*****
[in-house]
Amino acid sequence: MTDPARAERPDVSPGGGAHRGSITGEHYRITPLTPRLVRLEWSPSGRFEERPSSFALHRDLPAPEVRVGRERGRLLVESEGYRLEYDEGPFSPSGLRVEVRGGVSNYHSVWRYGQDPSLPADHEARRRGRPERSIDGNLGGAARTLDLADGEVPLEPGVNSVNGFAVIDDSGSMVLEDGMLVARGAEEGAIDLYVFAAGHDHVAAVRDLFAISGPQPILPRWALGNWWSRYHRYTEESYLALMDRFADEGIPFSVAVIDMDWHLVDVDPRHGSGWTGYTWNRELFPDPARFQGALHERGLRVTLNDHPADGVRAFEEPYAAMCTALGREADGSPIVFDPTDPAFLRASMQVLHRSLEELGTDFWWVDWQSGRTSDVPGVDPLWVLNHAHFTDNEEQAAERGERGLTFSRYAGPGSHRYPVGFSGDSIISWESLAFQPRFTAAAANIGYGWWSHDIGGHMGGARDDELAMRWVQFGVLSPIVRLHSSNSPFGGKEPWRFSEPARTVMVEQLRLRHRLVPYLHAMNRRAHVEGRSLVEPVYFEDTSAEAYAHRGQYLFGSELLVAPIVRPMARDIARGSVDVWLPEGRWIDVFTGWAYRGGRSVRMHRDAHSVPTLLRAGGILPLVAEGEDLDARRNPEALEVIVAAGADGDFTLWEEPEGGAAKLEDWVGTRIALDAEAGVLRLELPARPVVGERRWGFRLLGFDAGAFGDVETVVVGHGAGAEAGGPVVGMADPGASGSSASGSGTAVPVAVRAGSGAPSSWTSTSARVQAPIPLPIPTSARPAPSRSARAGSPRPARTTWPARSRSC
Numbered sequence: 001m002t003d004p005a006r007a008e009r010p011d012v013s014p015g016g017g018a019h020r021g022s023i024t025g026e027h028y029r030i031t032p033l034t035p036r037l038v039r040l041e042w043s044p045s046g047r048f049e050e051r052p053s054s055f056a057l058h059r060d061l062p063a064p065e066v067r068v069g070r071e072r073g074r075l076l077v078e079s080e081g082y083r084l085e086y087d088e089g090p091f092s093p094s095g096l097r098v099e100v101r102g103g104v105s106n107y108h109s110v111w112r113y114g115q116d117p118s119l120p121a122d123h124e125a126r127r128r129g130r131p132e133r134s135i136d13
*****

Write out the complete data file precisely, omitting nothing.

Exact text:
[in-house]
Amino acid sequence: MTDPARAERPDVSPGGGAHRGSITGEHYRITPLTPRLVRLEWSPSGRFEERPSSFALHRDLPAPEVRVGRERGRLLVESEGYRLEYDEGPFSPSGLRVEVRGGVSNYHSVWRYGQDPSLPADHEARRRGRPERSIDGNLGGAARTLDLADGEVPLEPGVNSVNGFAVIDDSGSMVLEDGMLVARGAEEGAIDLYVFAAGHDHVAAVRDLFAISGPQPILPRWALGNWWSRYHRYTEESYLALMDRFADEGIPFSVAVIDMDWHLVDVDPRHGSGWTGYTWNRELFPDPARFQGALHERGLRVTLNDHPADGVRAFEEPYAAMCTALGREADGSPIVFDPTDPAFLRASMQVLHRSLEELGTDFWWVDWQSGRTSDVPGVDPLWVLNHAHFTDNEEQAAERGERGLTFSRYAGPGSHRYPVGFSGDSIISWESLAFQPRFTAAAANIGYGWWSHDIGGHMGGARDDELAMRWVQFGVLSPIVRLHSSNSPFGGKEPWRFSEPARTVMVEQLRLRHRLVPYLHAMNRRAHVEGRSLVEPVYFEDTSAEAYAHRGQYLFGSELLVAPIVRPMARDIARGSVDVWLPEGRWIDVFTGWAYRGGRSVRMHRDAHSVPTLLRAGGILPLVAEGEDLDARRNPEALEVIVAAGADGDFTLWEEPEGGAAKLEDWVGTRIALDAEAGVLRLELPARPVVGERRWGFRLLGFDAGAFGDVETVVVGHGAGAEAGGPVVGMADPGASGSSASGSGTAVPVAVRAGSGAPSSWTSTSARVQAPIPLPIPTSARPAPSRSARAGSPRPARTTWPARSRSC
Numbered sequence: 001m002t003d004p005a006r007a008e009r010p011d012v013s014p015g016g017g018a019h020r021g022s023i024t025g026e027h028y029r030i031t032p033l034t035p036r037l038v039r040l041e042w043s044p045s046g047r048f049e050e051r052p053s054s055f056a057l058h059r060d061l062p063a064p065e066v067r068v069g070r071e072r073g074r075l076l077v078e079s080e081g082y083r084l085e086y087d088e089g090p091f092s093p094s095g096l097r098v099e100v101r102g103g104v105s106n107y108h109s110v111w112r113y114g115q116d117p118s119l120p121a122d123h124e125a126r127r128r129g130r131p132e133r134s135i136d13